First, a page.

This is one of our Sunday favorites! Part of the “wreck trek”, the Belcher Barge is a 195ft steel barge that was sunk in 1985. On the way to the bottom of the ocean, it turned over. The four corners of the barge are open and experienced divers can swim inside. There is a lot of life on the Belcher. We often see spotted eagle rays, stingrays, Goliath grouper, and tarpon on this wreck.
The Belzona One is an 85-ft oceangoing tug that was sunk in May 1990 and sits upright. The Belzone Two lost its roof to a hurricane and lies in 60-ft of water. Belzone Three is a 100-ft tug in 85-ft of water. All three can be visited, along with the Belcher Barge #27, on the ‘wreck trek’.
Sunk in 1985, the Proteus, is a 220-ft steel freighter with its superstructure removed. Hurricane Andrew broke the Proteus in half in 1992, with the bow and stern facing the same direction, the mid-ship flattened and the bow on its side. The abundance of growth on the Proteus provides a habitat for fish, offering excellent photographic opportunities.
In 1994, two Vietnam War era M60 Army Tanks were sunk just off of Miami Beach. Since then, they have become home to a variety of hard and soft corals, fish and other marine life. If you’re in the mood to catch some dinner, the Army Tanks have many good hiding spots for Florida Lobsters!
Just what it sounds like: The Pipes are left over sewage pipes that were placed as a reef. The pipes are large enough to swim through (if you can navigate through all of the gorgonians lining the inner walls!) and are covered in growth. It is a wonderful dive, especially at night when the cephalopods come out to play!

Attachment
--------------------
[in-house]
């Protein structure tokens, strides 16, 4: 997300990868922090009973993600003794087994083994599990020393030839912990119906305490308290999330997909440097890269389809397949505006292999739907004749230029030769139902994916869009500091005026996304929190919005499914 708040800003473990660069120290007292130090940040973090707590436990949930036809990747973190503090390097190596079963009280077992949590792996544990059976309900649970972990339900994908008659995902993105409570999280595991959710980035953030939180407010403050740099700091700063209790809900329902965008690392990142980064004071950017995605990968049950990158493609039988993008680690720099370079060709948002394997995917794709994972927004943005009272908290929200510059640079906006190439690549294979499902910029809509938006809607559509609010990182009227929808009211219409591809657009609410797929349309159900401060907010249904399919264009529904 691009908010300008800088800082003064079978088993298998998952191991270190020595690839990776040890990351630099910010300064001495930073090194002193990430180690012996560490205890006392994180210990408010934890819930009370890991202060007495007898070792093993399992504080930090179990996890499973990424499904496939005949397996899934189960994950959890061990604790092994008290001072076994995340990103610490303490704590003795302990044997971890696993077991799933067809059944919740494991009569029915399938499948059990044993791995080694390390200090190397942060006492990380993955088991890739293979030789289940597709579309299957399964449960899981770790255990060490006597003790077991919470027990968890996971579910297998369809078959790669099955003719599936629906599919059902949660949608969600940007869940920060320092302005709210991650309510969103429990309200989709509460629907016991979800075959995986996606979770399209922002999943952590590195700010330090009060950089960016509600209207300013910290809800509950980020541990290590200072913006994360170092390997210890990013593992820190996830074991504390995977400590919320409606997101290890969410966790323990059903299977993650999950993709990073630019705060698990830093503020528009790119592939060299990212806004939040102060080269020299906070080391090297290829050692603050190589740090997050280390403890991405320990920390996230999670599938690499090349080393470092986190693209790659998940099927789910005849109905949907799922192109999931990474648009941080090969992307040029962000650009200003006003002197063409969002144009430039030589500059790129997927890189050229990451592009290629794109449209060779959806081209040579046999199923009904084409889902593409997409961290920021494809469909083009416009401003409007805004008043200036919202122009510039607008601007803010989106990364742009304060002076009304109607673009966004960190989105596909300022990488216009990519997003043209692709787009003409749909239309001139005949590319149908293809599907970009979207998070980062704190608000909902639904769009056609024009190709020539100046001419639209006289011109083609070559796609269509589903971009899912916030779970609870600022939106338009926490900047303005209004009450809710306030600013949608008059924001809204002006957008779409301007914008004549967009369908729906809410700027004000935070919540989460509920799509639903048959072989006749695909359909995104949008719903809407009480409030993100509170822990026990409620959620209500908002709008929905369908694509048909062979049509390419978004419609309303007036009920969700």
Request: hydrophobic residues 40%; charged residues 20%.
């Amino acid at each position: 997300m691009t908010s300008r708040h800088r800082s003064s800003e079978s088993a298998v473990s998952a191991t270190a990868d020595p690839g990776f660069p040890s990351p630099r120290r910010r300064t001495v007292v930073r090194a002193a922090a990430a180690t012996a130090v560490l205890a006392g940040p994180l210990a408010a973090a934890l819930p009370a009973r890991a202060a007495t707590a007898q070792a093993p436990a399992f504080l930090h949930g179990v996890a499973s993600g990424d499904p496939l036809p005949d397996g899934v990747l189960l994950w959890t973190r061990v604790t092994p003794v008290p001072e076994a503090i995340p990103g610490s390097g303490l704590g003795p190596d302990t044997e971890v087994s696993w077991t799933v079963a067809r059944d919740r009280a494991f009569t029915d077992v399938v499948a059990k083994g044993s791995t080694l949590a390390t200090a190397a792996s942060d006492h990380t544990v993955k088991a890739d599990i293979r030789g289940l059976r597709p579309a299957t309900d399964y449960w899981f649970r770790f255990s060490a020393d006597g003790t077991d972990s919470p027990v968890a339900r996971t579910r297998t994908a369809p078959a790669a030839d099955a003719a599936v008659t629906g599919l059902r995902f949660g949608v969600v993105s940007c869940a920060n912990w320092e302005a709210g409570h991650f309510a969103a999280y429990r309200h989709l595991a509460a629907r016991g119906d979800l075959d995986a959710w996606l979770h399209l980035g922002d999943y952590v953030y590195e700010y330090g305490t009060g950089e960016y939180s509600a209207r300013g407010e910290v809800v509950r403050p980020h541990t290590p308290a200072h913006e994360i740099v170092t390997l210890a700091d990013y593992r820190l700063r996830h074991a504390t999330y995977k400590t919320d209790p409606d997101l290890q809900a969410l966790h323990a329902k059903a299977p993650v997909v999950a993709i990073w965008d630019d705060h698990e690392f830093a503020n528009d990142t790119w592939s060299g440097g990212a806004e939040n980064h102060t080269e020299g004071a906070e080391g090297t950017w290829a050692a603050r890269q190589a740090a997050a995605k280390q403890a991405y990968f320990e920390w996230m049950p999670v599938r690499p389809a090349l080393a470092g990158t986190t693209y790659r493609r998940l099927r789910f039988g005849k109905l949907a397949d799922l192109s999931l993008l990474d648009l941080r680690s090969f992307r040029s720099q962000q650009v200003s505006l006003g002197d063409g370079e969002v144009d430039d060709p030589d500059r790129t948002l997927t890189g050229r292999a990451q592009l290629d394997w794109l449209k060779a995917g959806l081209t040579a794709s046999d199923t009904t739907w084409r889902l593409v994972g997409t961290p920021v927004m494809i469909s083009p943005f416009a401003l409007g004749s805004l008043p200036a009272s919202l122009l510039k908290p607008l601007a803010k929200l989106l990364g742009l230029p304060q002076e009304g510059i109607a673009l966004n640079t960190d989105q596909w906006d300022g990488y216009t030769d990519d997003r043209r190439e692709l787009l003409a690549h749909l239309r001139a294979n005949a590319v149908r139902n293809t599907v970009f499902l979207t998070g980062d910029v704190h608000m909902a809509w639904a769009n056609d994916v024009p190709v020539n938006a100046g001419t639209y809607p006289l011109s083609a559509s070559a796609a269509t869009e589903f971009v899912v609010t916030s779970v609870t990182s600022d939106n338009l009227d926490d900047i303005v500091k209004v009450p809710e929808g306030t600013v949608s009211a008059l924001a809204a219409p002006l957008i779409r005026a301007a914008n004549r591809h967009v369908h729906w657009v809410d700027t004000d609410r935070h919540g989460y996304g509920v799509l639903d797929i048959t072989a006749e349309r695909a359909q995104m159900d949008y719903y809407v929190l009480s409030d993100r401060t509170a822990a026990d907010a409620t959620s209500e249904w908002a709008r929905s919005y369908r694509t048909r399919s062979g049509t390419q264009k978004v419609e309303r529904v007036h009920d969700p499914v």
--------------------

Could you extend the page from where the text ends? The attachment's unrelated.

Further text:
Sitting 40 feet below the waters of Key Biscayne, the Neptune Memorial Reef is the artistic representation of the Lost City of Atlantis. Aside from the towering pillars, giant lion statues and beautiful stone structures, there is an abundance of marine life that like to call Neptune their home.
The Orion is a steel hulled tug boat that was sunk in 1981. There is an abundance of coral and sponge growing on the wreck and schools of fish and other marine life frequent the wreck as well. Always a beautiful dive!
This wreck is a 210 ft freighter that was sunk in 2009. It is a sister ship to the Ultra Freeze and the Deep Freeze. Along with being home to some beautiful marine life, the Ophelia Brian is also home to a piece of the fuselage of the Spirit of Miami, a Boeing 727 that was sunk in 1993.
The Dutch-built Sheri-Lyn was a 265-ft steel freighter that was sunk and was later torn apart by Hurricane Andrew in 1992. Its bow section now lies 60-ft from the remainder of the wreck. The cargo area is immense and large holes were cut through several bulkheads prior to sinking to give divers room to explore. The wreck is home to barracuda and Goliath Grouper, amongst other pelagic creatures.
The Tacoma was a 186-ft steel freighter that was seized by US Customs and sunk in February 2002. Because it is not a hugely popular dive, larger marine life can be seen roaming the wreck.
The 165ft long Tortuga was sunk in April 1995 for the movie Fair Game. She settled upright in 110-ft of water with her upper deck at 90-ft. This wreck is much easier to penetrate than most other sites in the area and boasts a ton of growth and marine life.
The Princess Britney is a 165 Freighter that was seized by US Customs for drug smuggling and was sunk in April 2003.
The DEMA Trader is a 165ft freighter named for the Diving Equipment Marketing Association convention that was held in Miami Beach in 2003. After being seized by US Customs, the freighter was sunk. Large openings were cut in the sides of the freighter to allow for penetration.